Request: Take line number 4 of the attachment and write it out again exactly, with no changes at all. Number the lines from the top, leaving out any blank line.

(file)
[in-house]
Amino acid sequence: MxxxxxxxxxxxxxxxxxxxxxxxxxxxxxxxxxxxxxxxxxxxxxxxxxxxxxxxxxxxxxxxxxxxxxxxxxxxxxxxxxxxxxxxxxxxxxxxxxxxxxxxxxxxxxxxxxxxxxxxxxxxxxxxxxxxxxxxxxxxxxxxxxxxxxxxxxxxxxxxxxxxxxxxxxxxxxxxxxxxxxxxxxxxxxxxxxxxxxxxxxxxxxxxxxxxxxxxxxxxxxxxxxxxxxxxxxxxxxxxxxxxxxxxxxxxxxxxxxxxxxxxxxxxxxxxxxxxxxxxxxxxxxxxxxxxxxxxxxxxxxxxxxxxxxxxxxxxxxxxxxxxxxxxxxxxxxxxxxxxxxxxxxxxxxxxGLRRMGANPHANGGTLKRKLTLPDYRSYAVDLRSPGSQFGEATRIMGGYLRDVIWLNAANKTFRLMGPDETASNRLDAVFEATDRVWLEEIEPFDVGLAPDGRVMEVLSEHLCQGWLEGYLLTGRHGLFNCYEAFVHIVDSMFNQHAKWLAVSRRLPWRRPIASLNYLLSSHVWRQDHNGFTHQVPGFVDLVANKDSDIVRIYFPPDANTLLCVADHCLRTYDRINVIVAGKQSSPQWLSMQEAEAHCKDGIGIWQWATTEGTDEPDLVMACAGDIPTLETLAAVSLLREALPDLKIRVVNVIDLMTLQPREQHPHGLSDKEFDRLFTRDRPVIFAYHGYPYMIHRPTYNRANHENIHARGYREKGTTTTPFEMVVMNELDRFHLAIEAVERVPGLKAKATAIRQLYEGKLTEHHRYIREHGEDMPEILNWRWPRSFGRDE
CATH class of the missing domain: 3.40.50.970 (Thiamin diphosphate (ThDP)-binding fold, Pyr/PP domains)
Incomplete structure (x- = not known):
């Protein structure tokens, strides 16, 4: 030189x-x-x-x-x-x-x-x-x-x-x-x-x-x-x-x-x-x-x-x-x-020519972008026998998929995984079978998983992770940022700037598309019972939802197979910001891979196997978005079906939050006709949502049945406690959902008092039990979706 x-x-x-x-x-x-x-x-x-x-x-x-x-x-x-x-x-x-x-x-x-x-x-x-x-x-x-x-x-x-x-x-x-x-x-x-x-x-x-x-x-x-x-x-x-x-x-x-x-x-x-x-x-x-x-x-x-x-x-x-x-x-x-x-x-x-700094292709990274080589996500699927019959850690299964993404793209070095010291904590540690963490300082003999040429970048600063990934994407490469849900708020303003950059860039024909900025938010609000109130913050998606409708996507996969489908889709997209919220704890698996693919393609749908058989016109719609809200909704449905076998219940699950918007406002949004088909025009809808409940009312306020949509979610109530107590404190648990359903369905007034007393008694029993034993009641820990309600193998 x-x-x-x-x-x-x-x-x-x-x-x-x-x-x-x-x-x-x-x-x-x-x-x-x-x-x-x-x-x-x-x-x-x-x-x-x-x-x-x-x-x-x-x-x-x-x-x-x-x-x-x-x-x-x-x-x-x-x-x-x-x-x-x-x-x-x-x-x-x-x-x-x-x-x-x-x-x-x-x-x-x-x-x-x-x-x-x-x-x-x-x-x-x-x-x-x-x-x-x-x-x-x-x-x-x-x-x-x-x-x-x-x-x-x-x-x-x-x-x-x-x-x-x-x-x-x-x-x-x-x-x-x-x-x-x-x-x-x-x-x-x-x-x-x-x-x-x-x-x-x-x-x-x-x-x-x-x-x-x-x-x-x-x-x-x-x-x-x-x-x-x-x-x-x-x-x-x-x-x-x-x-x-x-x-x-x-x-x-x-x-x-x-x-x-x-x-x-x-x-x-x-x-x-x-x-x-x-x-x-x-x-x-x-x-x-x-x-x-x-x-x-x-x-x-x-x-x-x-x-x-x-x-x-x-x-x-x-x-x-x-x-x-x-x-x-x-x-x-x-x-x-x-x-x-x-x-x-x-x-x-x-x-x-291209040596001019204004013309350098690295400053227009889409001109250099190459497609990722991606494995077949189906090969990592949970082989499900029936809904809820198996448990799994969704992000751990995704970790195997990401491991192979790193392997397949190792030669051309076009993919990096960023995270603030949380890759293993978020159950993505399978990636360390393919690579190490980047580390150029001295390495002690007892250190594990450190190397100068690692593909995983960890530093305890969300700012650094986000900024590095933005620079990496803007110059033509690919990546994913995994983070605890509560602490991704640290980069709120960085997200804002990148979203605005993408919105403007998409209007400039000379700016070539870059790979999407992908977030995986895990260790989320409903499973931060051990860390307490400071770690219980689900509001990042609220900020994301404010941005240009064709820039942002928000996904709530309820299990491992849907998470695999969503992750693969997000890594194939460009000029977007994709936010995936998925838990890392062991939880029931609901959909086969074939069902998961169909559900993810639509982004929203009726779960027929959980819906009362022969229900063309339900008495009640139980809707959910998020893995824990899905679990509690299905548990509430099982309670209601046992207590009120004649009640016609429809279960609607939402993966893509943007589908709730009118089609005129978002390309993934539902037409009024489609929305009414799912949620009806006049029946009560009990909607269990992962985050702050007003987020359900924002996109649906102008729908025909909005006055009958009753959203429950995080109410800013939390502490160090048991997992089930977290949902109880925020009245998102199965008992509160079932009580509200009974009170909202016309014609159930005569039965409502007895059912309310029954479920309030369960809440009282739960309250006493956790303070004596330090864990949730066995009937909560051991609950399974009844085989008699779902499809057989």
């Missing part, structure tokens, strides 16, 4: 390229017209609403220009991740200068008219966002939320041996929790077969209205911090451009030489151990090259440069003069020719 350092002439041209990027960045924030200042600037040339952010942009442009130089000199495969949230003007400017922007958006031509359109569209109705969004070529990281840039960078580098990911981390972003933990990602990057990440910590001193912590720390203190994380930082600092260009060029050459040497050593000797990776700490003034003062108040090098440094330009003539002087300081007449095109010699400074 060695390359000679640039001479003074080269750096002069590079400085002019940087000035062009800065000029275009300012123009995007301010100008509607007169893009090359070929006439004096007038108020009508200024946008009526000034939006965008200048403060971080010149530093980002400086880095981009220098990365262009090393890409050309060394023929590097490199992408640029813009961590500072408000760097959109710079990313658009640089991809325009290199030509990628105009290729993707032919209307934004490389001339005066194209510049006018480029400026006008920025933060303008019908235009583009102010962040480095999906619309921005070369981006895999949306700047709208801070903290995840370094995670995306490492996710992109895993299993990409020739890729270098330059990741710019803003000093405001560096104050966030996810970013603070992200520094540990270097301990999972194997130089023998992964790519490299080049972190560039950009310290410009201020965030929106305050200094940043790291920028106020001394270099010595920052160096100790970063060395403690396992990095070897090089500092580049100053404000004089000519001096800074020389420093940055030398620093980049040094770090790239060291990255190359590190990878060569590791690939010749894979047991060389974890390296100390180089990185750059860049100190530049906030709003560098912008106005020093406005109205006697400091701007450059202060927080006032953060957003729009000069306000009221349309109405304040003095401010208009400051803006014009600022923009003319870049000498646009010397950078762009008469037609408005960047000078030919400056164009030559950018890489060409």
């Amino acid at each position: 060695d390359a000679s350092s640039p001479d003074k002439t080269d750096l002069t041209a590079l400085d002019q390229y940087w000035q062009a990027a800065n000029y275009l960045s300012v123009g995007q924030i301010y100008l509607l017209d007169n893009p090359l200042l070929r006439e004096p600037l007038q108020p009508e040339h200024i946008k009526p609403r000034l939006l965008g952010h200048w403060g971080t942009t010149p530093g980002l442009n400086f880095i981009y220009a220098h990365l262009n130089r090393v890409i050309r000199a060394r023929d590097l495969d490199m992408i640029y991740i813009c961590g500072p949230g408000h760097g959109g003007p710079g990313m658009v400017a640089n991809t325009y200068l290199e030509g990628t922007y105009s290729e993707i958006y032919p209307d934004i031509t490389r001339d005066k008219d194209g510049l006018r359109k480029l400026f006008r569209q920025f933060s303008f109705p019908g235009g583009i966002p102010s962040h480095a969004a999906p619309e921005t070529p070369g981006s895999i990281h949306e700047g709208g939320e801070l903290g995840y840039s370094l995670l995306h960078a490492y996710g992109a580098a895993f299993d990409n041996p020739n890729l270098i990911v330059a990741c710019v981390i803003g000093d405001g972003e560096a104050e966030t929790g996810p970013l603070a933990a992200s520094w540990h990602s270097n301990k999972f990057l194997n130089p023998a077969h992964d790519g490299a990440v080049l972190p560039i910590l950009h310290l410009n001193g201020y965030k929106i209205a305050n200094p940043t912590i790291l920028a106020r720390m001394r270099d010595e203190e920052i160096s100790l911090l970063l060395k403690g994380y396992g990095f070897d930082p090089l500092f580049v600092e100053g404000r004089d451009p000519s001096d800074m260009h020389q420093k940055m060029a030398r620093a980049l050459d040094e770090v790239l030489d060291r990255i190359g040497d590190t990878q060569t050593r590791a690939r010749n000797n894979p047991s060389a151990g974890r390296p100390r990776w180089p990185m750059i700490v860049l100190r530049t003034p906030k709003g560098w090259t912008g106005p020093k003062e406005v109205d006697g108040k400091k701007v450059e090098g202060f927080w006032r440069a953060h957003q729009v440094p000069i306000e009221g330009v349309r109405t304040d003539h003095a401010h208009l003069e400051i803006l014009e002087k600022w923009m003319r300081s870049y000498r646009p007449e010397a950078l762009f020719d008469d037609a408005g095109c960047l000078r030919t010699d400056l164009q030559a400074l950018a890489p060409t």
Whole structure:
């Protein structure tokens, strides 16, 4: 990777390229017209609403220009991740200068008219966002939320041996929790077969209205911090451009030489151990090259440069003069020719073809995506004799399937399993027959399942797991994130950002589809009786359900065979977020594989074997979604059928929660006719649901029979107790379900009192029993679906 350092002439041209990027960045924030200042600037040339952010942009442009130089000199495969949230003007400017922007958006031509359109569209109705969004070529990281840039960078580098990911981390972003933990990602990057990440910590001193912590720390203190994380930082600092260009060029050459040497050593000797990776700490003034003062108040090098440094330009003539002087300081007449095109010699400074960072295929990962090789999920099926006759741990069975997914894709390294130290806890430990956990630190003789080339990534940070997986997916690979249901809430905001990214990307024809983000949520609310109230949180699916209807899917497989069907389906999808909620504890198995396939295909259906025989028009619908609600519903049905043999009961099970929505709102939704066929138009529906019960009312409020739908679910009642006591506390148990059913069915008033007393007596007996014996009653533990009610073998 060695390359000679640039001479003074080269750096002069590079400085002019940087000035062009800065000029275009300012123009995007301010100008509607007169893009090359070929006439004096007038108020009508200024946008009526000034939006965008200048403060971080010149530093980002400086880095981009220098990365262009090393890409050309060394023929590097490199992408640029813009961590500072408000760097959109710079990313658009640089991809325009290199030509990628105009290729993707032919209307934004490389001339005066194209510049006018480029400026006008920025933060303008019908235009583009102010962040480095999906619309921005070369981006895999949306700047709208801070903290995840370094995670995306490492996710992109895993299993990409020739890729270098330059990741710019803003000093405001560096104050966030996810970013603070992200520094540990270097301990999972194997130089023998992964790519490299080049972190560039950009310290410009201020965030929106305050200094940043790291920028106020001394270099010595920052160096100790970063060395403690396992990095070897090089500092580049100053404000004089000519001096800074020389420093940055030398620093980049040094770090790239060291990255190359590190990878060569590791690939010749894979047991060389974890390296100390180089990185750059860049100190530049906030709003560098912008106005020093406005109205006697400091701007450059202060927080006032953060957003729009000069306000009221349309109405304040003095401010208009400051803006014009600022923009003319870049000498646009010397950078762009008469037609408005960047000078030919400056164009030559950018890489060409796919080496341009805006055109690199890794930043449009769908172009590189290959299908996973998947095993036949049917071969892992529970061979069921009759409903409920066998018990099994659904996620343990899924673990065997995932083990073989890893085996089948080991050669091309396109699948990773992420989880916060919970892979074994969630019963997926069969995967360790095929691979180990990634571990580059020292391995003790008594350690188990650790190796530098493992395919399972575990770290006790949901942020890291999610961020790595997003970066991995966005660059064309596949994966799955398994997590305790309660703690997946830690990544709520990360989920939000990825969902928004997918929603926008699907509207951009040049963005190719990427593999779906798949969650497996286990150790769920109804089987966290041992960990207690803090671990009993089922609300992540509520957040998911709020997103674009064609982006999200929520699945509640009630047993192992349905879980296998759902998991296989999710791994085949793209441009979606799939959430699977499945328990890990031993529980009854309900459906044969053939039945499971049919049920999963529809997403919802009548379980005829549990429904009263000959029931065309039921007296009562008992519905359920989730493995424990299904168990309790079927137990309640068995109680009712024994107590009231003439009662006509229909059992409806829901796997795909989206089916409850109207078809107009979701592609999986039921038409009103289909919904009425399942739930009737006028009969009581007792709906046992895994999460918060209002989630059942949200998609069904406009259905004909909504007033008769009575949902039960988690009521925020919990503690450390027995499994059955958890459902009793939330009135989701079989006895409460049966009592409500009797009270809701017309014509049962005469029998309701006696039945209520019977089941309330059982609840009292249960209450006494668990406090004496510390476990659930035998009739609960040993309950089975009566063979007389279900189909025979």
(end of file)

Incomplete structure (x- = not known):